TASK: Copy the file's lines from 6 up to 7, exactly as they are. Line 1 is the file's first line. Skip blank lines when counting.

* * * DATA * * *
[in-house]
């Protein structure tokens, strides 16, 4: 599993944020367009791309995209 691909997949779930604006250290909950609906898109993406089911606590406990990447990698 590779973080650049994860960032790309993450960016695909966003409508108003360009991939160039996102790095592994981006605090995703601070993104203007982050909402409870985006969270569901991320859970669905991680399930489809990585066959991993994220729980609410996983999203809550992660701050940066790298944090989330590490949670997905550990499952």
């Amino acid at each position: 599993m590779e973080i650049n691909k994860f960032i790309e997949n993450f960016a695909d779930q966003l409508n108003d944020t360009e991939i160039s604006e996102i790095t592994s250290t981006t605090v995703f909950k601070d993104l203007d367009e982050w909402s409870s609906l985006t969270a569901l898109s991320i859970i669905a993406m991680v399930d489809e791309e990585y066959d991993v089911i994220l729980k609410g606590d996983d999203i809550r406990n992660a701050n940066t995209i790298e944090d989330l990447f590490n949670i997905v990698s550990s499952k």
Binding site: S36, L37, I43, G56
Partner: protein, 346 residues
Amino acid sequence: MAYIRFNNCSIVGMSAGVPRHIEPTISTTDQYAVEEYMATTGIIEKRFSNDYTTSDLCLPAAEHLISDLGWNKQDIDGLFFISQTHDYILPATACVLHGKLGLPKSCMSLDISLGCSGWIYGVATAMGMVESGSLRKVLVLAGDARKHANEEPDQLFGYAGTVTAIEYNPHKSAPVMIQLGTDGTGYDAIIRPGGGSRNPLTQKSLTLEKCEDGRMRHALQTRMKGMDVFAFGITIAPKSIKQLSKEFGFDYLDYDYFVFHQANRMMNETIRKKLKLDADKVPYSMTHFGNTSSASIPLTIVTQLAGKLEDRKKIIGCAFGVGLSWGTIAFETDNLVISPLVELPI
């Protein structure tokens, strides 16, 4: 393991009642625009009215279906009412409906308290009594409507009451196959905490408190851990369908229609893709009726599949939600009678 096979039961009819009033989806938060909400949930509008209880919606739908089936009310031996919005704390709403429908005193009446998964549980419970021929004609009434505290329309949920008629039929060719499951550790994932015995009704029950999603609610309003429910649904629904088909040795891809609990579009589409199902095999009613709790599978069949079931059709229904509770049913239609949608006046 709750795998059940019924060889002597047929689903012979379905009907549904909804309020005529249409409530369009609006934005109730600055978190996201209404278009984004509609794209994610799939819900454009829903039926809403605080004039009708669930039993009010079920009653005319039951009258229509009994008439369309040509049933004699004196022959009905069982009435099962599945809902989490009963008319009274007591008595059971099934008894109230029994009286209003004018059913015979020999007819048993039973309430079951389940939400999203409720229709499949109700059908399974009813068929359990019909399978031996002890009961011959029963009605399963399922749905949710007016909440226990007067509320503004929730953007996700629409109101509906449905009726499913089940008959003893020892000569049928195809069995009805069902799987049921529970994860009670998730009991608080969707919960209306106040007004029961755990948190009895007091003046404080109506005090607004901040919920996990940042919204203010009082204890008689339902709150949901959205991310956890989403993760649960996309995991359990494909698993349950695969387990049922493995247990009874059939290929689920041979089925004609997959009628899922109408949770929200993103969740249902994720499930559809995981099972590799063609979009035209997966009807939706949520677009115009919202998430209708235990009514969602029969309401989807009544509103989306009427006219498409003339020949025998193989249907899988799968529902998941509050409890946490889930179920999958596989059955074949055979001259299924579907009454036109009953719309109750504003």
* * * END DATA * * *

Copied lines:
Amino acid sequence: MAYIRFNNCSIVGMSAGVPRHIEPTISTTDQYAVEEYMATTGIIEKRFSNDYTTSDLCLPAAEHLISDLGWNKQDIDGLFFISQTHDYILPATACVLHGKLGLPKSCMSLDISLGCSGWIYGVATAMGMVESGSLRKVLVLAGDARKHANEEPDQLFGYAGTVTAIEYNPHKSAPVMIQLGTDGTGYDAIIRPGGGSRNPLTQKSLTLEKCEDGRMRHALQTRMKGMDVFAFGITIAPKSIKQLSKEFGFDYLDYDYFVFHQANRMMNETIRKKLKLDADKVPYSMTHFGNTSSASIPLTIVTQLAGKLEDRKKIIGCAFGVGLSWGTIAFETDNLVISPLVELPI
């Protein structure tokens, strides 16, 4: 393991009642625009009215279906009412409906308290009594409507009451196959905490408190851990369908229609893709009726599949939600009678 096979039961009819009033989806938060909400949930509008209880919606739908089936009310031996919005704390709403429908005193009446998964549980419970021929004609009434505290329309949920008629039929060719499951550790994932015995009704029950999603609610309003429910649904629904088909040795891809609990579009589409199902095999009613709790599978069949079931059709229904509770049913239609949608006046 709750795998059940019924060889002597047929689903012979379905009907549904909804309020005529249409409530369009609006934005109730600055978190996201209404278009984004509609794209994610799939819900454009829903039926809403605080004039009708669930039993009010079920009653005319039951009258229509009994008439369309040509049933004699004196022959009905069982009435099962599945809902989490009963008319009274007591008595059971099934008894109230029994009286209003004018059913015979020999007819048993039973309430079951389940939400999203409720229709499949109700059908399974009813068929359990019909399978031996002890009961011959029963009605399963399922749905949710007016909440226990007067509320503004929730953007996700629409109101509906449905009726499913089940008959003893020892000569049928195809069995009805069902799987049921529970994860009670998730009991608080969707919960209306106040007004029961755990948190009895007091003046404080109506005090607004901040919920996990940042919204203010009082204890008689339902709150949901959205991310956890989403993760649960996309995991359990494909698993349950695969387990049922493995247990009874059939290929689920041979089925004609997959009628899922109408949770929200993103969740249902994720499930559809995981099972590799063609979009035209997966009807939706949520677009115009919202998430209708235990009514969602029969309401989807009544509103989306009427006219498409003339020949025998193989249907899988799968529902998941509050409890946490889930179920999958596989059955074949055979001259299924579907009454036109009953719309109750504003």